Trying to grasp Jesus
- Order of Service: Divine Service II, CW:Supplement, p28
- Lessons: Isaiah 52:7-10, Hebrews 1:1-9, John 1:1-14
- Hymns: 62, 63, 39, 61
In the name of Jesus Christ, the Word made flesh!
“Keep the merry! Dump the myth!” So cries out a billboard in Times Square, where millions walk and shop and soon will watch the ball drop ushering in 2013. Above the words “Keep the merry,” Santa Claus. Above the words “Dump the myth,” the crucified Christ. You can thank the group American Atheists for this wit.
“I think that the stories are made up.” So blogs the Rev. Dr. Don Carlson, assistant to the bishop of the Texas-Louisiana Gulf Coast Synod of the Evangelical Lutheran Church in America. The Reverend Doctor says that in a blog post discussing the Bible’s accounts of Jesus’ birth. He then unites himself to the atheists by saying: “They are myth.”
Meanwhile, in the wake of the horror in Newtown, Connecticut, a news-anchor on CNN interviewed a Jewish rabbi to get the real story behind the shootings, from God’s perspective. That is, “Why did God let this happen?” She began by ridiculing someone who suggested that part of our problem could be that we’ve removed God from so much of our lives voluntarily that He has graciously consented to stay where we’ve put him. This irritated the CNN anchor, leading her to say, “God is a gentleman and thus will not save 20 children until we invite him back into the public school system? How can people get away with this kind of thing?” The Rabbi she interviewed took the “Why did God do this?” question in another direction by saying, “We need a new approach to religion.” We “have a right to challenge God.” We shouldn’t just “always surrender in silent submission to God’s will.”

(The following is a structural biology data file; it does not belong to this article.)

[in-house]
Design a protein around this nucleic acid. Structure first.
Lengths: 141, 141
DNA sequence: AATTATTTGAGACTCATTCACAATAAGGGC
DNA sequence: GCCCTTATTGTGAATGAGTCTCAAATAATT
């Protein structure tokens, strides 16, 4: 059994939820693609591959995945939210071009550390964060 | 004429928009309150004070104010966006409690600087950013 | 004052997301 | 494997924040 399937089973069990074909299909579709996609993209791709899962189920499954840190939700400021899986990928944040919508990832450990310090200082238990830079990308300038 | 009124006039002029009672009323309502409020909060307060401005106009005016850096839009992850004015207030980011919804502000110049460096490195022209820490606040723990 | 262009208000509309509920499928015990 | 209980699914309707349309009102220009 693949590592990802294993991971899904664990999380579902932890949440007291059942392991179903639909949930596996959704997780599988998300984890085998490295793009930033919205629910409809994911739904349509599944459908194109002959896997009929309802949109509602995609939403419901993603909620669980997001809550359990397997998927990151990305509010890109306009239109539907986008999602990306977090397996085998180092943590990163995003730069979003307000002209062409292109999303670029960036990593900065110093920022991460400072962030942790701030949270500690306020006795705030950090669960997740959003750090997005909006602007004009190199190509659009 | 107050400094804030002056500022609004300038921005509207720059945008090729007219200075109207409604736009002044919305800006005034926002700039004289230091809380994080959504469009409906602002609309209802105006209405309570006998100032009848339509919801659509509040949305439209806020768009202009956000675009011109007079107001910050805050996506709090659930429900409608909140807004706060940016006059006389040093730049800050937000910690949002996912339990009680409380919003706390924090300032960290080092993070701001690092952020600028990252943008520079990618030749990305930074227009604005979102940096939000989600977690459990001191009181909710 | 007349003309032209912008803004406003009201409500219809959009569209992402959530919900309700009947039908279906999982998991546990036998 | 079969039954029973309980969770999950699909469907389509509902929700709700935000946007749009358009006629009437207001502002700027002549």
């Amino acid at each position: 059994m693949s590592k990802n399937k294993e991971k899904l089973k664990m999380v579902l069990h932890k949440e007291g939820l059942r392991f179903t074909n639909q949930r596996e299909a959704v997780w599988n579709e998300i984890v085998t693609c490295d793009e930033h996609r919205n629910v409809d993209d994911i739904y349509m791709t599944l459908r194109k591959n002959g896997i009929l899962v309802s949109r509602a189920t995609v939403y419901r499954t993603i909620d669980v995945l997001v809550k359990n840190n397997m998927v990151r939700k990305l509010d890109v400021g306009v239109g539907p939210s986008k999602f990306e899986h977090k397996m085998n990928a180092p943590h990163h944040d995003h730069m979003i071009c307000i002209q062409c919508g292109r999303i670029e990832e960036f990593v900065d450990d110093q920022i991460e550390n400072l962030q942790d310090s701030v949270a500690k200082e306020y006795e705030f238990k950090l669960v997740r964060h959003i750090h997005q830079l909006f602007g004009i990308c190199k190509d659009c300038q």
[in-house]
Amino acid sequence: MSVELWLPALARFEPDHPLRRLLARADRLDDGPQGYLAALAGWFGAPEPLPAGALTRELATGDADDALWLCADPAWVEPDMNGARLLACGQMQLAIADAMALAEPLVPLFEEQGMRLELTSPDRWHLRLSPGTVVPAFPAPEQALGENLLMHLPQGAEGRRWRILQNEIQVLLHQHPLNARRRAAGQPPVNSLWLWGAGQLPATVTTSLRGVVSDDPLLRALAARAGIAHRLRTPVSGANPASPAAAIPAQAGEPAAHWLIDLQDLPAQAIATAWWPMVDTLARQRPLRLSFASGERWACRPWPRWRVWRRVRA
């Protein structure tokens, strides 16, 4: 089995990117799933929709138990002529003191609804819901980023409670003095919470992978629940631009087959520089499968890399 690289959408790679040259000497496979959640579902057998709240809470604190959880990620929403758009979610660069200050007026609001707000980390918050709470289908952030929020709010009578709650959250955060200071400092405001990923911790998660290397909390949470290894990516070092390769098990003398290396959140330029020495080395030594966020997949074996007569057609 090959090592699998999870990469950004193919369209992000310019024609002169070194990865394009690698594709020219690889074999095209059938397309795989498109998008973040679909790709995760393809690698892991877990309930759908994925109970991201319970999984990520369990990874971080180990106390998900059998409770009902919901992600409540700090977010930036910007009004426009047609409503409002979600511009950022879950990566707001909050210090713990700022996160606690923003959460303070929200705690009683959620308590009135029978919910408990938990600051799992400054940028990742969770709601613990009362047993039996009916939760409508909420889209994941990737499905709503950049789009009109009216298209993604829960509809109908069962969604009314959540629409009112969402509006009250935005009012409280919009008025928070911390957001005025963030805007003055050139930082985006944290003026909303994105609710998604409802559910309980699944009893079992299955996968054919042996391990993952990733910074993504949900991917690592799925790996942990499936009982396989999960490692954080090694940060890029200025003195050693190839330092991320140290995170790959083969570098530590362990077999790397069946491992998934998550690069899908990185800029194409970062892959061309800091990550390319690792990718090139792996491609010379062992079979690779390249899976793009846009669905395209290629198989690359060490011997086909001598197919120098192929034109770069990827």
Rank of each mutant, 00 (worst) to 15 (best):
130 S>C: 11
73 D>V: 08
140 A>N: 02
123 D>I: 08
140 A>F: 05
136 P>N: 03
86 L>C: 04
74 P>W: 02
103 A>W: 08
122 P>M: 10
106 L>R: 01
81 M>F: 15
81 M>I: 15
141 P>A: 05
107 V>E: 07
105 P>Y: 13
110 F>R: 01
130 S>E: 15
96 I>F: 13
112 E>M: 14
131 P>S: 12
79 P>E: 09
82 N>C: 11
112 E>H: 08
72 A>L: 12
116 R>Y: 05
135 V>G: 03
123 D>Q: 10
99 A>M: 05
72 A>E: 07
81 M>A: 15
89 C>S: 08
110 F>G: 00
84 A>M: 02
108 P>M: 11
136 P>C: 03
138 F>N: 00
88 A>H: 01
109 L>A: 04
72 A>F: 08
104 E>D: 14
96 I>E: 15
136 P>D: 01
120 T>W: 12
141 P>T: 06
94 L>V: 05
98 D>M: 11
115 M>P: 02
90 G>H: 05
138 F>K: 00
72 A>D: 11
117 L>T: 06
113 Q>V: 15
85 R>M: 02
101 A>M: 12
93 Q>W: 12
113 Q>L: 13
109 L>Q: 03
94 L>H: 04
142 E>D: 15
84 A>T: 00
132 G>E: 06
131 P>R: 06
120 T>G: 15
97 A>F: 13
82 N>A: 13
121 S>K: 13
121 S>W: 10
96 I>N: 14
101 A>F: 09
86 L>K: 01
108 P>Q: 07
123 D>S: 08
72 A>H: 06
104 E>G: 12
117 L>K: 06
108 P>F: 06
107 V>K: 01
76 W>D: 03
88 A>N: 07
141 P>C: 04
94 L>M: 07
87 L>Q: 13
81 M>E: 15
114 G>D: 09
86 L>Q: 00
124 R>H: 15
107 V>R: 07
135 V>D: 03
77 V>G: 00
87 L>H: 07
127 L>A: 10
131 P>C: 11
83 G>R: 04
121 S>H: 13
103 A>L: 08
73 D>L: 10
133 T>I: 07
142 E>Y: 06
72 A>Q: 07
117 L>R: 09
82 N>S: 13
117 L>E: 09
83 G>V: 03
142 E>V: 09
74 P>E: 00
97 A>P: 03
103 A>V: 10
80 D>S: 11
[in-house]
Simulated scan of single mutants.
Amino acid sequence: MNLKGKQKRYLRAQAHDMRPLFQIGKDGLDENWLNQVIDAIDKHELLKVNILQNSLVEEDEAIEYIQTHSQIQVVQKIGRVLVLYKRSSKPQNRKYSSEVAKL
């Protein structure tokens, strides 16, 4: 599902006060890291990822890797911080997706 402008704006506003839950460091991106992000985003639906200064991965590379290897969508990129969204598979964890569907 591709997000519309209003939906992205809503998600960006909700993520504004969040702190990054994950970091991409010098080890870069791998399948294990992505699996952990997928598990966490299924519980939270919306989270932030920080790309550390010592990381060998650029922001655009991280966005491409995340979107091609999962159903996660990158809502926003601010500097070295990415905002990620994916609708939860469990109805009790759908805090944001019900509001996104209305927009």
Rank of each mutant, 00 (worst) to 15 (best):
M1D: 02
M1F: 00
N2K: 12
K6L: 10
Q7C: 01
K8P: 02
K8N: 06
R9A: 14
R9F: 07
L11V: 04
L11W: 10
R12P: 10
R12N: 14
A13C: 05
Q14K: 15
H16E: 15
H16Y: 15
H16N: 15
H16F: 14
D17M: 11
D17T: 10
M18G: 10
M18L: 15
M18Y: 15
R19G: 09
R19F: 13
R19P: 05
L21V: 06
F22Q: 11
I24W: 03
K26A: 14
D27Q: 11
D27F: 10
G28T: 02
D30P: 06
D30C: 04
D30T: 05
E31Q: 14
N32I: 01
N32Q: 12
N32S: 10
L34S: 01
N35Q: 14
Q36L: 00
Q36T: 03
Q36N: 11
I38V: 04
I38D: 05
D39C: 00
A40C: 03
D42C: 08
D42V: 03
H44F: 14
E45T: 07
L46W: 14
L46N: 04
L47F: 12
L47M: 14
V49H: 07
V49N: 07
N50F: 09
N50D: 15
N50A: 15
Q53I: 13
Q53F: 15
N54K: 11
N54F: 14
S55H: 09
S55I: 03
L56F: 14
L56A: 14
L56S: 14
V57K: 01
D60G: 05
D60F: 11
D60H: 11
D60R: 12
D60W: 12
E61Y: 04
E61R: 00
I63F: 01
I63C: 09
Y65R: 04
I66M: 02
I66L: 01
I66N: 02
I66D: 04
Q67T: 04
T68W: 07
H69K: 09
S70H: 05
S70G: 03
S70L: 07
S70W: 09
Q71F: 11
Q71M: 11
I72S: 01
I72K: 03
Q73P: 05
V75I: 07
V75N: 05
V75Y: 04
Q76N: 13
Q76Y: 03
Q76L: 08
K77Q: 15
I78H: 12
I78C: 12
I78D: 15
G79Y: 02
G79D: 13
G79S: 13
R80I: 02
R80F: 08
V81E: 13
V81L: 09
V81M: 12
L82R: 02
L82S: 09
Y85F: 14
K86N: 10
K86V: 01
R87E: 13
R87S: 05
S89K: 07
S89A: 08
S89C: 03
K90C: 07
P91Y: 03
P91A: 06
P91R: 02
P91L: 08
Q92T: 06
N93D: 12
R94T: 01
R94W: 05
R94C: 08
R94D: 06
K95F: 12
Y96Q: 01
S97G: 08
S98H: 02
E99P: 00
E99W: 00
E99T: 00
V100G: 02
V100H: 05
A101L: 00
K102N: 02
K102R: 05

And thus we’ve proved John right: The light shines in the darkness, but the darkness has not understood it (John 1:5, NIV84). The Light of the world baffles the darkness. It baffles the atheists. It baffles the liberal theologian. It baffles the outside observer of events. It baffles our own sinful natures. We struggle to get a hold of it, to grasp it, to understand it. We struggle to understand Him, Jesus, Christ, the Word – the Word made flesh. Veiled in flesh the Godhead see? Hail the incarnate Deity? God gestating? God developing? God going through the birth canal? God crucified? God bleeding? God buried? Word, water, bread, wine, we find God in those things?
And so, in a way, it’s good that things like this happen each Christmas. It’s good to be confronted by the atheist’s anger and myth-mongering, just as Jesus dealt with the rage of Jewish leaders who cried out “Myth!” and wanted to stone Him when He said, I and the Father are one and Before Abraham was born, I am (John 10:30 and 8:58, NIV84). It’s good to deal with the majority of our world who refuse to take the Bible at face-value and twist it for their own purposes, just as Jesus dealt with those who turned a sin-forgiving Savior sent from God into a political dynamo who would reestablish their nation. It’s even good, in the Romans 8:28 way of God getting good from evil, when tragedies like those at Newtown cause us to think about God and His ways, just as Mary and Joseph returned from Egypt to discover how many of their friends babies Herod had murdered in his rage to destroy the one born the King of the Jews.